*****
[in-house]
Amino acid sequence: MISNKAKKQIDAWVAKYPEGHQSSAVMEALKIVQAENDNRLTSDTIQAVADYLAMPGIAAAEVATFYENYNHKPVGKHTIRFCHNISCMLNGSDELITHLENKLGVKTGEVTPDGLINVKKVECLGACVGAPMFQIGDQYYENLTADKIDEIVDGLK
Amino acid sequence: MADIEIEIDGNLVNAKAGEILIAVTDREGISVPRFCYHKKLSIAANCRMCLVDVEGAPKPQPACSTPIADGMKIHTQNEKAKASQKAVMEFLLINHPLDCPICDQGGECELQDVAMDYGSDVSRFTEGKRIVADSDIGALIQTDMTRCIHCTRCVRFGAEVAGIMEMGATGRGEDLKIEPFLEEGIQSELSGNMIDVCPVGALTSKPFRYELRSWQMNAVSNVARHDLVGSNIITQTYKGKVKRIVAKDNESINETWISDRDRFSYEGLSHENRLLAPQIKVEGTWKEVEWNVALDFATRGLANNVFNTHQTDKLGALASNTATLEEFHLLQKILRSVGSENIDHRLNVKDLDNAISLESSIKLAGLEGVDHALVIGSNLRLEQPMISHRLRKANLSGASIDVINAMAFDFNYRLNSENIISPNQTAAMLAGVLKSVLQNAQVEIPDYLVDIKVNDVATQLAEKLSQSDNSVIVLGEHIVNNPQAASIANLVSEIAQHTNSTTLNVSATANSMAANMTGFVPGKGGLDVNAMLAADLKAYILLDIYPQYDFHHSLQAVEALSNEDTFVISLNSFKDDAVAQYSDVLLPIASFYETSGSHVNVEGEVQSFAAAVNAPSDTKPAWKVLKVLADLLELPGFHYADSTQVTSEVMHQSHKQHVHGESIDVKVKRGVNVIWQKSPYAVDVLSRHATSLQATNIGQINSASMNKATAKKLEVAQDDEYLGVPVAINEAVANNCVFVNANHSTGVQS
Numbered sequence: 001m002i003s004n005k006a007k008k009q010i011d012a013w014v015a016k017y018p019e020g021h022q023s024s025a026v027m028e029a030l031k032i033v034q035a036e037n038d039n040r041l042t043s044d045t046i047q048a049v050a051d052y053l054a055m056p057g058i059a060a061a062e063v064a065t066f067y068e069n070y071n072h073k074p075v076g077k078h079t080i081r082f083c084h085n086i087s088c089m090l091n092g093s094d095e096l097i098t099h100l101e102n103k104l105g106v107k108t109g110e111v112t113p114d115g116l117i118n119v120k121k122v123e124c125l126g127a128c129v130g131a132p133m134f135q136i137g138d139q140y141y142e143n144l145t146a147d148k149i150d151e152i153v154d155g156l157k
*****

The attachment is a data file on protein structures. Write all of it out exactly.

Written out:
[in-house]
Amino acid sequence: MISNKAKKQIDAWVAKYPEGHQSSAVMEALKIVQAENDNRLTSDTIQAVADYLAMPGIAAAEVATFYENYNHKPVGKHTIRFCHNISCMLNGSDELITHLENKLGVKTGEVTPDGLINVKKVECLGACVGAPMFQIGDQYYENLTADKIDEIVDGLK
Amino acid sequence: MADIEIEIDGNLVNAKAGEILIAVTDREGISVPRFCYHKKLSIAANCRMCLVDVEGAPKPQPACSTPIADGMKIHTQNEKAKASQKAVMEFLLINHPLDCPICDQGGECELQDVAMDYGSDVSRFTEGKRIVADSDIGALIQTDMTRCIHCTRCVRFGAEVAGIMEMGATGRGEDLKIEPFLEEGIQSELSGNMIDVCPVGALTSKPFRYELRSWQMNAVSNVARHDLVGSNIITQTYKGKVKRIVAKDNESINETWISDRDRFSYEGLSHENRLLAPQIKVEGTWKEVEWNVALDFATRGLANNVFNTHQTDKLGALASNTATLEEFHLLQKILRSVGSENIDHRLNVKDLDNAISLESSIKLAGLEGVDHALVIGSNLRLEQPMISHRLRKANLSGASIDVINAMAFDFNYRLNSENIISPNQTAAMLAGVLKSVLQNAQVEIPDYLVDIKVNDVATQLAEKLSQSDNSVIVLGEHIVNNPQAASIANLVSEIAQHTNSTTLNVSATANSMAANMTGFVPGKGGLDVNAMLAADLKAYILLDIYPQYDFHHSLQAVEALSNEDTFVISLNSFKDDAVAQYSDVLLPIASFYETSGSHVNVEGEVQSFAAAVNAPSDTKPAWKVLKVLADLLELPGFHYADSTQVTSEVMHQSHKQHVHGESIDVKVKRGVNVIWQKSPYAVDVLSRHATSLQATNIGQINSASMNKATAKKLEVAQDDEYLGVPVAINEAVANNCVFVNANHSTGVQS
Numbered sequence: 001m002i003s004n005k006a007k008k009q010i011d012a013w014v015a016k017y018p019e020g021h022q023s024s025a026v027m028e029a030l031k032i033v034q035a036e037n038d039n040r041l042t043s044d045t046i047q048a049v050a051d052y053l054a055m056p057g058i059a060a061a062e063v064a065t066f067y068e069n070y071n072h073k074p075v076g077k078h079t080i081r082f083c084h085n086i087s088c089m090l091n092g093s094d095e096l097i098t099h100l101e102n103k104l105g106v107k108t109g110e111v112t113p114d115g116l117i118n119v120k121k122v123e124c125l126g127a128c129v130g131a132p133m134f135q136i137g138d139q140y141y142e143n144l145t146a147d148k149i150d151e152i153v154d155g156l157k